“I just sat there and thought, ‘Is this really going to happen?’” Thabiti said. The plan sounded good in theory. In reality, he was equal parts excited and terrified. The silence of campus was more foreign than the chaos of the city. As the night fell, he sat on the floor, watching the flickering images on that little TV and holding his sleeping daughter.
“It was both one of the longest and shortest nights of my life,” he said.
Through the weeks and months and semesters to come, he somehow made it work. He perfected the diaper change. He found ways to study while Kim napped. He realized that even a New York playground legend will have his hand-eye coordination challenged when trying to give a baby a bath. He figured out how to skip meals for milk and diaper money. Success took on a different definition. “When I could adequately braid her hair – now that was a sign of true fatherhood,” he said. He found other students were instrumental in helping him out, especially his college girlfriend Michelle.
On the court, he was a terrific player and the team captain. Still, it turns out those D-I coaches were correct – it’s total focus or nothing. Boone was majoring in pre-law and wanted to be an attorney, he was spending too much energy chasing a toddler to chase opponents. Basketball was secondary. By the middle of his senior season, he was off the team.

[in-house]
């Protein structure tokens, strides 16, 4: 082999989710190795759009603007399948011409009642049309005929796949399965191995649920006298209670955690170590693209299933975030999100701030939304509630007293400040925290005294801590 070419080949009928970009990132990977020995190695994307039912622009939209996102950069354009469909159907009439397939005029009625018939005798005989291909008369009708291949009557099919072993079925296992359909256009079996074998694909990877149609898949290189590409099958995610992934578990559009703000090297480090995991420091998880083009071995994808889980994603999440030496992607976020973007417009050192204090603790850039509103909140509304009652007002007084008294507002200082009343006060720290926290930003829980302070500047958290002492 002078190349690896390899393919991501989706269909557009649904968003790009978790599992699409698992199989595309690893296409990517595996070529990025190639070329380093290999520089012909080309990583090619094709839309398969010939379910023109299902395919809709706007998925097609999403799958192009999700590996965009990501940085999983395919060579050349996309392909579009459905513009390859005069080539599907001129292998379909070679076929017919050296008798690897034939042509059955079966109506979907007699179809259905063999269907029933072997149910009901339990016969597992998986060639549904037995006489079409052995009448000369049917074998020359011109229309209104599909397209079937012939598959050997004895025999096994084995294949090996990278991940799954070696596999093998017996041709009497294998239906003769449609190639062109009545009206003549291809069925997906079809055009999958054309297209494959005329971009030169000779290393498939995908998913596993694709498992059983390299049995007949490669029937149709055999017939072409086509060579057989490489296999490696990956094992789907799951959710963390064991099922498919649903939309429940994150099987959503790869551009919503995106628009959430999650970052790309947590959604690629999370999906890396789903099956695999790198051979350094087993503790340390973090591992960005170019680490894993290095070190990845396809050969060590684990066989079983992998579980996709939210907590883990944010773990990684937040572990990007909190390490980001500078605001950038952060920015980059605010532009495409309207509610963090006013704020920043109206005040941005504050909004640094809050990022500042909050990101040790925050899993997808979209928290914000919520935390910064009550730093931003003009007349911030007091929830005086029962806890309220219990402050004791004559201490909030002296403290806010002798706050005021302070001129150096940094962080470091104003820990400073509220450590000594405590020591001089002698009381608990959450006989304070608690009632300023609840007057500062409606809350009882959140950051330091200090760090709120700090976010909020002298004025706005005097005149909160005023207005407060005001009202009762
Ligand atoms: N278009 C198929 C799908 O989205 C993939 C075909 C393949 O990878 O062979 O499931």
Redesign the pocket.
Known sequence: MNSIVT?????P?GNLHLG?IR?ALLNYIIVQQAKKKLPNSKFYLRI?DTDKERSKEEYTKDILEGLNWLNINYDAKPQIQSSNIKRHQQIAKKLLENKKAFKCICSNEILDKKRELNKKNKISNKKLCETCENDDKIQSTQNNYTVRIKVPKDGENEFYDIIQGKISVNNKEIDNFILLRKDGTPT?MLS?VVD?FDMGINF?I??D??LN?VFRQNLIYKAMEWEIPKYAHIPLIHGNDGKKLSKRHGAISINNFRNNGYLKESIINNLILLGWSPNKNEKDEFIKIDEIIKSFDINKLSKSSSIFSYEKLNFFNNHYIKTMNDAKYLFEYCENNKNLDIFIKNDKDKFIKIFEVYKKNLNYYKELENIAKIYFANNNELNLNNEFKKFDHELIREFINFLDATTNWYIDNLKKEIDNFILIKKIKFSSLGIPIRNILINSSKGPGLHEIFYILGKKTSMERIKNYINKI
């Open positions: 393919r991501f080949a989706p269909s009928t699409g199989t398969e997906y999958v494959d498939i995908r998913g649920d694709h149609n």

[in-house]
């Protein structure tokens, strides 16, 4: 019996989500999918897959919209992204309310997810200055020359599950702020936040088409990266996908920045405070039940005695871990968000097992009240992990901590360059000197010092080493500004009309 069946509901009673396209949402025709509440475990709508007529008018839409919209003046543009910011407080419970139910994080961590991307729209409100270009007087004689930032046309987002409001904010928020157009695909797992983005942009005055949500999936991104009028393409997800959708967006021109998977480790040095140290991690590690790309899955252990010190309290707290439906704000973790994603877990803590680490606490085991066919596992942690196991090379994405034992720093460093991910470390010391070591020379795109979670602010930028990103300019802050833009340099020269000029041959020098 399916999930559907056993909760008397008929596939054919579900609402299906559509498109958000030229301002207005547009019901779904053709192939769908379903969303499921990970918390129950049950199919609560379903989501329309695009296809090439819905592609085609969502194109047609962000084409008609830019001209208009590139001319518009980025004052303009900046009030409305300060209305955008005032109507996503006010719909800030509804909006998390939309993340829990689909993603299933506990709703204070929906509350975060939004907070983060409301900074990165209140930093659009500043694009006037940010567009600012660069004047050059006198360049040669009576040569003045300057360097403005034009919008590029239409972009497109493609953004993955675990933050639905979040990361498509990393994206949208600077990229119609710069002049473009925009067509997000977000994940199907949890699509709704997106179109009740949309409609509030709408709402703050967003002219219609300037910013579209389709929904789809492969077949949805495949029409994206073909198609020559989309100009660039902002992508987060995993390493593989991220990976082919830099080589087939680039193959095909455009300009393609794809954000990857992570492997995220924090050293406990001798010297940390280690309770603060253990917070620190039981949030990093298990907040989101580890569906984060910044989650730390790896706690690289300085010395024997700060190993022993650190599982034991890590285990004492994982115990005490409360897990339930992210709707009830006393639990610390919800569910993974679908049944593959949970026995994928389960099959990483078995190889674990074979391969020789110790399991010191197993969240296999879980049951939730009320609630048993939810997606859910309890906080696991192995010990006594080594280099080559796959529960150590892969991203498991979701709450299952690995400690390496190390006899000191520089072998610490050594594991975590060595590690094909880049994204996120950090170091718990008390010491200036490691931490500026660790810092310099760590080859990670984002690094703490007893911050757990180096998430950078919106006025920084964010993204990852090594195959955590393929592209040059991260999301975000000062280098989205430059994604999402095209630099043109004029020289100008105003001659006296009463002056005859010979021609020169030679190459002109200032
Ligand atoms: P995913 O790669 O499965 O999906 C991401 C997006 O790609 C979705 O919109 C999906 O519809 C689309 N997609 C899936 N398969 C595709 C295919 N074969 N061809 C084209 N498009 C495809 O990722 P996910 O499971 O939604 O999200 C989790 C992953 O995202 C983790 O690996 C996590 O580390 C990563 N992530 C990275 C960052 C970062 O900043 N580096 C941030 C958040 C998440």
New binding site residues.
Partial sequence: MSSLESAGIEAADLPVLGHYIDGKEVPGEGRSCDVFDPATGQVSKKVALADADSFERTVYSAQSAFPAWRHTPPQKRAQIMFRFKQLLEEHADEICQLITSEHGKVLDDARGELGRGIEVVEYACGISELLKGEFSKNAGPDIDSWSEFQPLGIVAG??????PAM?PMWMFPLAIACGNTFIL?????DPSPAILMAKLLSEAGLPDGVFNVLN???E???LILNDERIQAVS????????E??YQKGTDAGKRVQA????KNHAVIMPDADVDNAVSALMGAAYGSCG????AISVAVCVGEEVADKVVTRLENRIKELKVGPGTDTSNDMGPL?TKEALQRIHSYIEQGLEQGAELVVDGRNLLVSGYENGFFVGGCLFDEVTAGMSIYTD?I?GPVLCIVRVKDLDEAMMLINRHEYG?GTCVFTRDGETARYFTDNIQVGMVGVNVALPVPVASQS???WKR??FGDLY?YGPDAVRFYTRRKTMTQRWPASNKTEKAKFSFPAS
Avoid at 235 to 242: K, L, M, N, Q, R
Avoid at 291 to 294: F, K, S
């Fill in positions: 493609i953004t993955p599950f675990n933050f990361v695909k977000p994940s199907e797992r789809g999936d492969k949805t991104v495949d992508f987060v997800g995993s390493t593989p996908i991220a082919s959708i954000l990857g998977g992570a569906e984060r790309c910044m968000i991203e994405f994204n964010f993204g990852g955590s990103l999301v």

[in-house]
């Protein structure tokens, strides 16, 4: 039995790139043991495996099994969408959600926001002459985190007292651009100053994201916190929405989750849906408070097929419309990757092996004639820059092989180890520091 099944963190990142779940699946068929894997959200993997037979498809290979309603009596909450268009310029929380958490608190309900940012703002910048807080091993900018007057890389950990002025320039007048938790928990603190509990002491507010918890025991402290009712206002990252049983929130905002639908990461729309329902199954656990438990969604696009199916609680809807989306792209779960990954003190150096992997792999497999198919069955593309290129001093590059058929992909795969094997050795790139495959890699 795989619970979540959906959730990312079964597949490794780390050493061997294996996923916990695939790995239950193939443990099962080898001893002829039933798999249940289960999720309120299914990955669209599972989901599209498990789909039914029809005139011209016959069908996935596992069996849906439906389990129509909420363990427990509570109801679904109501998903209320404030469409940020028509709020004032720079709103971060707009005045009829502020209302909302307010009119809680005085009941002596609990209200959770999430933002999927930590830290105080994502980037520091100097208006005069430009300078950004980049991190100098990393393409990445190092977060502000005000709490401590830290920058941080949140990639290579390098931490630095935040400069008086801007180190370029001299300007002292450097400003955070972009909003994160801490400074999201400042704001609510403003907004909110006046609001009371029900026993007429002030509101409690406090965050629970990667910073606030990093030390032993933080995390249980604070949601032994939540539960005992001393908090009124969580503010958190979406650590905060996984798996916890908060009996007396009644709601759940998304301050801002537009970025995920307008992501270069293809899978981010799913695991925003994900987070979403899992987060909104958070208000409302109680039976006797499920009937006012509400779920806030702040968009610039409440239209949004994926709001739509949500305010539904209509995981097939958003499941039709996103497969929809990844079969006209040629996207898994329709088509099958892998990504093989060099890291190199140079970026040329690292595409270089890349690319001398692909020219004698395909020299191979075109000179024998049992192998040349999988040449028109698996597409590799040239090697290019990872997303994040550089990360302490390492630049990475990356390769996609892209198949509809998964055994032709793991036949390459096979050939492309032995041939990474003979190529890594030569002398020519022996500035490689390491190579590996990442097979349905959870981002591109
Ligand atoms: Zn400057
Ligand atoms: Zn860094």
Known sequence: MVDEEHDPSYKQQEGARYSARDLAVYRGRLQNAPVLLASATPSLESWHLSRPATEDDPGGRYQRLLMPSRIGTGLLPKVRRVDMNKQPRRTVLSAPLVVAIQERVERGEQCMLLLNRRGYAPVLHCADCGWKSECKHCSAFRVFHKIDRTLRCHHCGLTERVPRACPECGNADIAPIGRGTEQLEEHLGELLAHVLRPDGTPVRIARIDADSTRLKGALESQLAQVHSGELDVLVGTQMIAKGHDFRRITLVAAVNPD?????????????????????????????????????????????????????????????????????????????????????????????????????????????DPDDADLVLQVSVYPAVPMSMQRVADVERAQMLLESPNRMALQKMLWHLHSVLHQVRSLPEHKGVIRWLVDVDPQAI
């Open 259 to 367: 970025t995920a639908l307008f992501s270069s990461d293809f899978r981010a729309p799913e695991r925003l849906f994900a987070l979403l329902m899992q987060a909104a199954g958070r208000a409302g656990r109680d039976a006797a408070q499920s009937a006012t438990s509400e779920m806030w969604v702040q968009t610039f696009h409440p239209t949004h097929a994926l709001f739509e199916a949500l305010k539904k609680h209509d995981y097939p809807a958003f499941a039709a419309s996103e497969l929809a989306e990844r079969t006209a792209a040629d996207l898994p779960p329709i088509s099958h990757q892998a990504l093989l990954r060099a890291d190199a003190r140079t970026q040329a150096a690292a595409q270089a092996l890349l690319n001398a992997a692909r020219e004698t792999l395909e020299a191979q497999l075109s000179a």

In the end, the RIT experiment was a success though. He earned his degree. From Grace Towers to graduation, the hard way.
He went to work for a law firm in Rochester and made enough for a real place, a real bedroom for Kim, a real life. Money kept law school on the back burner, but over the next couple decades, he made a good living, eventually moving back to a middle-class section of Brooklyn, getting Kim into the best schools he could. He never married and never had another child.
His story began to leak out, the teen dad and star athlete who gave up everything to be a father first. He began making speeches, working with the New York Knicks and then the NBA. He became active in the community. He realized his story is bigger than what he did for himself and his daughter. It’s about a national crisis of broken homes, particularly in the black community. It’s about support and empowerment and showing young men there is another way. He now works on President Obama’s Fatherhood and Mentoring Initiative.
“This has to end,” Boone said. “Fathers have to stand up. Not just in doing big things. That’s the pressure society puts on them. They think they have to be Superman. It can be little things. Take your kid to the park. Cook them breakfast. Just spend time. Be there.
“The rewards of being a father will repay you.”